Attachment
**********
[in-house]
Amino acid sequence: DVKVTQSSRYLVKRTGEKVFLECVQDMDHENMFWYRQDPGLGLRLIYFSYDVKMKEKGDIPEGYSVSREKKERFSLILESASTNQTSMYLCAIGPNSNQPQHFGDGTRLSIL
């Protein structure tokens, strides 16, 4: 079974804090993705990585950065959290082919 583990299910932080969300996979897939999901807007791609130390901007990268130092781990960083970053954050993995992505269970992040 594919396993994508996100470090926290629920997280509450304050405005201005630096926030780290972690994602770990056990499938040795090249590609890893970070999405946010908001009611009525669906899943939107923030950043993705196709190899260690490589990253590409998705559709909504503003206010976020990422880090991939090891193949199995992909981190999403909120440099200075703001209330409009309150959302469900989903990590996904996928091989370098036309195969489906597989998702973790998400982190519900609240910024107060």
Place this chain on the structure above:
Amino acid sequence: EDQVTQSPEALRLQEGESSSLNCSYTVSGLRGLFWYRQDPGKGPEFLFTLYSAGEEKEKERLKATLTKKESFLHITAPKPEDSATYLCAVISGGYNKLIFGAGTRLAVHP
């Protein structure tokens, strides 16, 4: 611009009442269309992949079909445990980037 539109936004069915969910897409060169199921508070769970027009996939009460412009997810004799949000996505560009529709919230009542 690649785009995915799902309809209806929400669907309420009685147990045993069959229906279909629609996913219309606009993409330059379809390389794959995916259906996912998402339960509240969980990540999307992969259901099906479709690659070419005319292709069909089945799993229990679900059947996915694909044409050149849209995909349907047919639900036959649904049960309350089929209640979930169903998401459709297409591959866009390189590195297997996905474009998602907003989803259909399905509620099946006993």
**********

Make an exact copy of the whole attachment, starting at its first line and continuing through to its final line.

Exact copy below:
[in-house]
Amino acid sequence: DVKVTQSSRYLVKRTGEKVFLECVQDMDHENMFWYRQDPGLGLRLIYFSYDVKMKEKGDIPEGYSVSREKKERFSLILESASTNQTSMYLCAIGPNSNQPQHFGDGTRLSIL
């Protein structure tokens, strides 16, 4: 079974804090993705990585950065959290082919 583990299910932080969300996979897939999901807007791609130390901007990268130092781990960083970053954050993995992505269970992040 594919396993994508996100470090926290629920997280509450304050405005201005630096926030780290972690994602770990056990499938040795090249590609890893970070999405946010908001009611009525669906899943939107923030950043993705196709190899260690490589990253590409998705559709909504503003206010976020990422880090991939090891193949199995992909981190999403909120440099200075703001209330409009309150959302469900989903990590996904996928091989370098036309195969489906597989998702973790998400982190519900609240910024107060």
Place this chain on the structure above:
Amino acid sequence: EDQVTQSPEALRLQEGESSSLNCSYTVSGLRGLFWYRQDPGKGPEFLFTLYSAGEEKEKERLKATLTKKESFLHITAPKPEDSATYLCAVISGGYNKLIFGAGTRLAVHP
């Protein structure tokens, strides 16, 4: 611009009442269309992949079909445990980037 539109936004069915969910897409060169199921508070769970027009996939009460412009997810004799949000996505560009529709919230009542 690649785009995915799902309809209806929400669907309420009685147990045993069959229906279909629609996913219309606009993409330059379809390389794959995916259906996912998402339960509240969980990540999307992969259901099906479709690659070419005319292709069909089945799993229990679900059947996915694909044409050149849209995909349907047919639900036959649904049960309350089929209640979930169903998401459709297409591959866009390189590195297997996905474009998602907003989803259909399905509620099946006993």